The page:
A New Ionosphere Monitoring Technology Based on GPS
- Cite this article as:
- Brunini, C., Meza, A., Azpilicueta, F. et al. Astrophysics and Space Science (2004) 290: 415. doi:10.1023/B:ASTR.0000032540.35594.64
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Although global positioning system (GPS) was originally planned as a satellite-based radio-navigation system for military purposes, civilian users have significantly increased their access to the system for both, commercial and scientific applications. Almost 400 permanent GPS tracking stations have been stablished around the globe with the main purpose of supporting scientific research. In addition, several GPS receivers on board of low Earth orbit satellites fitted with special antennas that focus on Earth's horizon, are tracking the radio signals broadcasted by the high-orbiting GPS satellites, as they rise and set on Earth horizon. The data of these ground and space-born GPS receivers, readily accessible through Internet in a ‘virtual observatory’ managed by the International GPS Service, are extensively used for many researches and might possibly ignite a revolution in Earth remote sensing.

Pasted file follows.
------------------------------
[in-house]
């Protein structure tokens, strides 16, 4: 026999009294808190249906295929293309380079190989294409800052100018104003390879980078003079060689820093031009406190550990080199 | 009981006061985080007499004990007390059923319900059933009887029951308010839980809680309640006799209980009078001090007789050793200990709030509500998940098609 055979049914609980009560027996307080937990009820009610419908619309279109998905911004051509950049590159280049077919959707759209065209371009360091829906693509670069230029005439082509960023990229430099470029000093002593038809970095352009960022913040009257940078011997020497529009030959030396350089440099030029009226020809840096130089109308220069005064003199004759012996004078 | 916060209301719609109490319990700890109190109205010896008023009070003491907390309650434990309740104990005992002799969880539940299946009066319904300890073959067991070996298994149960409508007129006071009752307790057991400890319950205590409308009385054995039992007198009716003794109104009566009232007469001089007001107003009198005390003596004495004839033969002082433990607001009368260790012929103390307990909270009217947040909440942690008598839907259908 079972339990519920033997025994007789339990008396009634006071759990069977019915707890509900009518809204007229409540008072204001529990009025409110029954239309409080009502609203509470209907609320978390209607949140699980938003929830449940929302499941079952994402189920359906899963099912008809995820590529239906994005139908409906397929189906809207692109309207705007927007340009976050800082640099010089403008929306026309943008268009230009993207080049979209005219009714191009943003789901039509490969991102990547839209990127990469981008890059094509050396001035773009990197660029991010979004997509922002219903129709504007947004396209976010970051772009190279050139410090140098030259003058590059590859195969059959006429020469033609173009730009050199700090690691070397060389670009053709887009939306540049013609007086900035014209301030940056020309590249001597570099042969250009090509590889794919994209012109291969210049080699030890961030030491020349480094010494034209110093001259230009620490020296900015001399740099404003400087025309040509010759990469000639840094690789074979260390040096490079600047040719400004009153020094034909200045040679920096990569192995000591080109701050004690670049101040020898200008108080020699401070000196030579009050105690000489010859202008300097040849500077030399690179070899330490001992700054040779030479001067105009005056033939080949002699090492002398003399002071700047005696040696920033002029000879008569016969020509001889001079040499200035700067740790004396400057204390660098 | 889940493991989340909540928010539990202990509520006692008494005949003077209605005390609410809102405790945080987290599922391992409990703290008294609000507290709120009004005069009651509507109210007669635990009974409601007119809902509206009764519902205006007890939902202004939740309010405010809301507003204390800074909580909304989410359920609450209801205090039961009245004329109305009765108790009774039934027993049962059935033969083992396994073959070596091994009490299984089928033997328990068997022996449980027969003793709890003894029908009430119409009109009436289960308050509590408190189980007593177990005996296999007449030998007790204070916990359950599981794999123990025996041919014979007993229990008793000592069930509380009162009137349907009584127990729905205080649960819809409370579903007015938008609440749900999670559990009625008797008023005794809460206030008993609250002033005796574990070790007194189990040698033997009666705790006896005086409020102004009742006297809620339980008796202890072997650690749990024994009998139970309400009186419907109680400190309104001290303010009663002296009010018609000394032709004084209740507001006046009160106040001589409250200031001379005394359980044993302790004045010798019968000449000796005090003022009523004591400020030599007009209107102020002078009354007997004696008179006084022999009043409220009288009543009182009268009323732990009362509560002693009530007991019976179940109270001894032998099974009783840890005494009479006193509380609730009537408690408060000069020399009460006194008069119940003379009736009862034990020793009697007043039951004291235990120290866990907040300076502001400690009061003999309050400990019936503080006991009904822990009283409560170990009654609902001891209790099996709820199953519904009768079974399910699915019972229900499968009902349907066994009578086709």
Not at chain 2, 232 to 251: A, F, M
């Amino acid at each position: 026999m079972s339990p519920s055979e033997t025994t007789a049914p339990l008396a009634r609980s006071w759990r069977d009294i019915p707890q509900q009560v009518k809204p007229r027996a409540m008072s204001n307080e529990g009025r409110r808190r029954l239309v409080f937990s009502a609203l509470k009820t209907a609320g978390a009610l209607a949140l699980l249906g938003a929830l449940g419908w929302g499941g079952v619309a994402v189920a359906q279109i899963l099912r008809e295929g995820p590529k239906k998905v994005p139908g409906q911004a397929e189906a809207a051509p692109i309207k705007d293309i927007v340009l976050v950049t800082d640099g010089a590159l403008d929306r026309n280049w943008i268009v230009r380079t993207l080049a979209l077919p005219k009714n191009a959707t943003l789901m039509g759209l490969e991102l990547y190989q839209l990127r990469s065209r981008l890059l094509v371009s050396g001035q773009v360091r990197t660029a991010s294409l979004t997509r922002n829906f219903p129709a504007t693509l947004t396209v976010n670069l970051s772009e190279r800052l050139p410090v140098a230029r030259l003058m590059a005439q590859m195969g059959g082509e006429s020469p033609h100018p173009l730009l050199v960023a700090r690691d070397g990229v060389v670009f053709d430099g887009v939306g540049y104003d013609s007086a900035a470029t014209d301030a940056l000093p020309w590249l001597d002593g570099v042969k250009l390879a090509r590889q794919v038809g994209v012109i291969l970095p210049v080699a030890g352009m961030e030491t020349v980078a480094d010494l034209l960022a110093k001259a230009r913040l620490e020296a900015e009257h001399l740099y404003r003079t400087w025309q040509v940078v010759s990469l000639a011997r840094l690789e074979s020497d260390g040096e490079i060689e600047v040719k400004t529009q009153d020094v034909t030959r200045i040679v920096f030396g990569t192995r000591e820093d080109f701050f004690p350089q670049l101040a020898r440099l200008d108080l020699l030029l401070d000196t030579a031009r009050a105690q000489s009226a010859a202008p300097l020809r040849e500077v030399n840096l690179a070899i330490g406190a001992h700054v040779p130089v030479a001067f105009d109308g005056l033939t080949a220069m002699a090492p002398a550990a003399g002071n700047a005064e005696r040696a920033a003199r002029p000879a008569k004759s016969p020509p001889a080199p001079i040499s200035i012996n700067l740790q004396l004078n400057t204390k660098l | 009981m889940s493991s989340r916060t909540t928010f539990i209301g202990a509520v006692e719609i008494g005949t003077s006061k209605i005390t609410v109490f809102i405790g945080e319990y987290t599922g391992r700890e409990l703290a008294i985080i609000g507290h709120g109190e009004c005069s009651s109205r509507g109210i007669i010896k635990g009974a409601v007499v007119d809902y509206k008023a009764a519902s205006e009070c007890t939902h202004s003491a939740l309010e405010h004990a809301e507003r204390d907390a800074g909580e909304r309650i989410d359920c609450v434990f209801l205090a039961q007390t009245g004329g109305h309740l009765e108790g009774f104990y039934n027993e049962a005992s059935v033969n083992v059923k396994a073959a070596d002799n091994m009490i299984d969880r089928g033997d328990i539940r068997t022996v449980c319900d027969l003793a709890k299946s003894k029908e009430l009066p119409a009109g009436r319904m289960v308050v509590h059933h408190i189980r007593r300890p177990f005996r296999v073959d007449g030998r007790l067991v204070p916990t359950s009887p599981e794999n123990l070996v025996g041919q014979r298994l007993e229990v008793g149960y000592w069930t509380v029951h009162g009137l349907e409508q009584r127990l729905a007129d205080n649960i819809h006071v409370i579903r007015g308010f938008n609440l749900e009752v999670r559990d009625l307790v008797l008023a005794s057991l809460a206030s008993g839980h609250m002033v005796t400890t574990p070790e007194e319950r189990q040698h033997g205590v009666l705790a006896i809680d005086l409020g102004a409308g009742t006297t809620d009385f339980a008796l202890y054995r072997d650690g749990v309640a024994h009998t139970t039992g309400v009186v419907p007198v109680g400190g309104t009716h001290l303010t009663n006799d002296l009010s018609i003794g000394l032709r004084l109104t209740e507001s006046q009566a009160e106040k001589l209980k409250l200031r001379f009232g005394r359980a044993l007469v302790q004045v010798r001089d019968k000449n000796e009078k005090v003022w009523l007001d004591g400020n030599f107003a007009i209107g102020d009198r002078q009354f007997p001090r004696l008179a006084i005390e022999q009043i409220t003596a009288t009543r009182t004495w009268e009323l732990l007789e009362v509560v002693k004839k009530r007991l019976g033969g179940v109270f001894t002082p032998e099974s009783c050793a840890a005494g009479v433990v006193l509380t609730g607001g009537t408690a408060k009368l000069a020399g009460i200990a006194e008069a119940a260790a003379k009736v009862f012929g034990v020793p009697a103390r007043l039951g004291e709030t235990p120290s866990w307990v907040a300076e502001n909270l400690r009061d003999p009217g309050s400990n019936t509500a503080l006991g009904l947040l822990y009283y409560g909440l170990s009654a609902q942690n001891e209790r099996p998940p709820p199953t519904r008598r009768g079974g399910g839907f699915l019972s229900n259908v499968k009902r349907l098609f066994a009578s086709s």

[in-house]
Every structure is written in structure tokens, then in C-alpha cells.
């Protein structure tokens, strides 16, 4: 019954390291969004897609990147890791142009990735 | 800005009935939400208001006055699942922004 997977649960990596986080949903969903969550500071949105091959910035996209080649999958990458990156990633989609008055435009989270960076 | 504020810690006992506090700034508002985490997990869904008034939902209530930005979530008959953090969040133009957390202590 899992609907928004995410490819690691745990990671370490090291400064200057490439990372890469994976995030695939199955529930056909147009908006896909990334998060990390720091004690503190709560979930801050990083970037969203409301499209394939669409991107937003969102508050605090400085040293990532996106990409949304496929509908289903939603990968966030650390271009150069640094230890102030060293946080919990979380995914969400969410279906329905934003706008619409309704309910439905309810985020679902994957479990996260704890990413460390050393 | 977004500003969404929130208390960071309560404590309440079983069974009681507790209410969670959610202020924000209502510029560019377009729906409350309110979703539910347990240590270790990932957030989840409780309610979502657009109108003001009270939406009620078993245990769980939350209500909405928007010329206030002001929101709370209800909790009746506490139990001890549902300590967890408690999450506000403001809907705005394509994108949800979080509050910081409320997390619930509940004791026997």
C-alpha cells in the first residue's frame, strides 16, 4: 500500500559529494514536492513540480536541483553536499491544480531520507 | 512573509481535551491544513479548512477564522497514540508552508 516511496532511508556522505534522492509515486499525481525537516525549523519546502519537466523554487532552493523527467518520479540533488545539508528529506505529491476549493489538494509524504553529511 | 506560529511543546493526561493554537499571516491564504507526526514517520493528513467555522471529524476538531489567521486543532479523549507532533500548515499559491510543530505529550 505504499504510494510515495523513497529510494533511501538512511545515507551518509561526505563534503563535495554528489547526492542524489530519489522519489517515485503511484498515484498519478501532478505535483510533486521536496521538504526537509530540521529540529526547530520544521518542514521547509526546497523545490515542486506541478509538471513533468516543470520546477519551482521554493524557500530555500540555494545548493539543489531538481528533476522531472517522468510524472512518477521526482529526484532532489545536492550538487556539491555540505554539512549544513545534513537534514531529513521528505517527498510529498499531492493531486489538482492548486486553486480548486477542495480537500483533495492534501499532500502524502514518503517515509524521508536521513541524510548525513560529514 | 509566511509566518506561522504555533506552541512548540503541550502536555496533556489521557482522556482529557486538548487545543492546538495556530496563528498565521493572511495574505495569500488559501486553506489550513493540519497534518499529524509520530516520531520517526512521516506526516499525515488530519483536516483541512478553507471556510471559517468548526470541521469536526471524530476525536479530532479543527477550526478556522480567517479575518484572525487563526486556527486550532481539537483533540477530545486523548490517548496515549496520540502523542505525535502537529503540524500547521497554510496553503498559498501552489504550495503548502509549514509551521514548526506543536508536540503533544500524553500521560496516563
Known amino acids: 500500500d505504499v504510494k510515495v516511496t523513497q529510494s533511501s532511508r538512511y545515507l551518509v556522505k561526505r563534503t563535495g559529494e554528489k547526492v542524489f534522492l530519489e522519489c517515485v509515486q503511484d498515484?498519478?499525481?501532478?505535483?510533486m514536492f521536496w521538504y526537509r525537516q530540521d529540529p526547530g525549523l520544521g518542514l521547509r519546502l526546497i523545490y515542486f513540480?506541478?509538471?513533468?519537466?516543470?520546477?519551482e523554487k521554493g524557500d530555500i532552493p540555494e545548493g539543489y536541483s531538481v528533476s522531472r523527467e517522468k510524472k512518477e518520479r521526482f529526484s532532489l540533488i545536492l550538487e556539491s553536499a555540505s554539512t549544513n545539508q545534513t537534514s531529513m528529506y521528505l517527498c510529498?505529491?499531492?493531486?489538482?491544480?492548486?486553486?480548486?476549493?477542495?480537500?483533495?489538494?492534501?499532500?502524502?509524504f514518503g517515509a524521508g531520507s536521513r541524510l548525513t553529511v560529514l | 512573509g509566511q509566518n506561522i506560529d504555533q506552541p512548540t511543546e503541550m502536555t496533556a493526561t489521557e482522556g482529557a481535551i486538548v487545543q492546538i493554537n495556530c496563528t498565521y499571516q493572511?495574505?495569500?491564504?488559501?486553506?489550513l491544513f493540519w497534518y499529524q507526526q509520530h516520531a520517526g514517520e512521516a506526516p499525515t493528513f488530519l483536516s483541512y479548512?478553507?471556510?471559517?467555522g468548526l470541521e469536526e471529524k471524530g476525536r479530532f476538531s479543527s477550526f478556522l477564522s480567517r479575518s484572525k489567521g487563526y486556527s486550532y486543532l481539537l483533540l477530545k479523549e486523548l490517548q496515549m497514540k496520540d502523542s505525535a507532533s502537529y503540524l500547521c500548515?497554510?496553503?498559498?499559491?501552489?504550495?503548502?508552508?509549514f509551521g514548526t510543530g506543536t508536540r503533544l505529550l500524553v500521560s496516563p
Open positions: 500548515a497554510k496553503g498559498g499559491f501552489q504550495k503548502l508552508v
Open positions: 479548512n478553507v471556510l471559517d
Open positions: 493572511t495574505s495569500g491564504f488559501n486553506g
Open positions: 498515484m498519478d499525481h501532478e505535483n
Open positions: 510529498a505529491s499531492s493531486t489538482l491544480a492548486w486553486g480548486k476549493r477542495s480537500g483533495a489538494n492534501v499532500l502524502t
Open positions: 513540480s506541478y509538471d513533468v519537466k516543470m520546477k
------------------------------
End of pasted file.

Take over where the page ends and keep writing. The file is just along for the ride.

By measuring the changes in the time it takes for the GPS signals to arrive at the receiver as they travel through Earth's atmosphere, scientists can derive a surprising amount of information about the Earth's ionosphere, a turbulent shroud of charged particles that, when stimulated by solar flares, can disrupt communications around the world. This contribution presents a methodology to obtain high temporal resolution images of the ionospheric electron content that lead to two-dimensional vertical total electron content maps and three-dimensional electron density distribution. Some exemplifying results are shown at the end of the paper.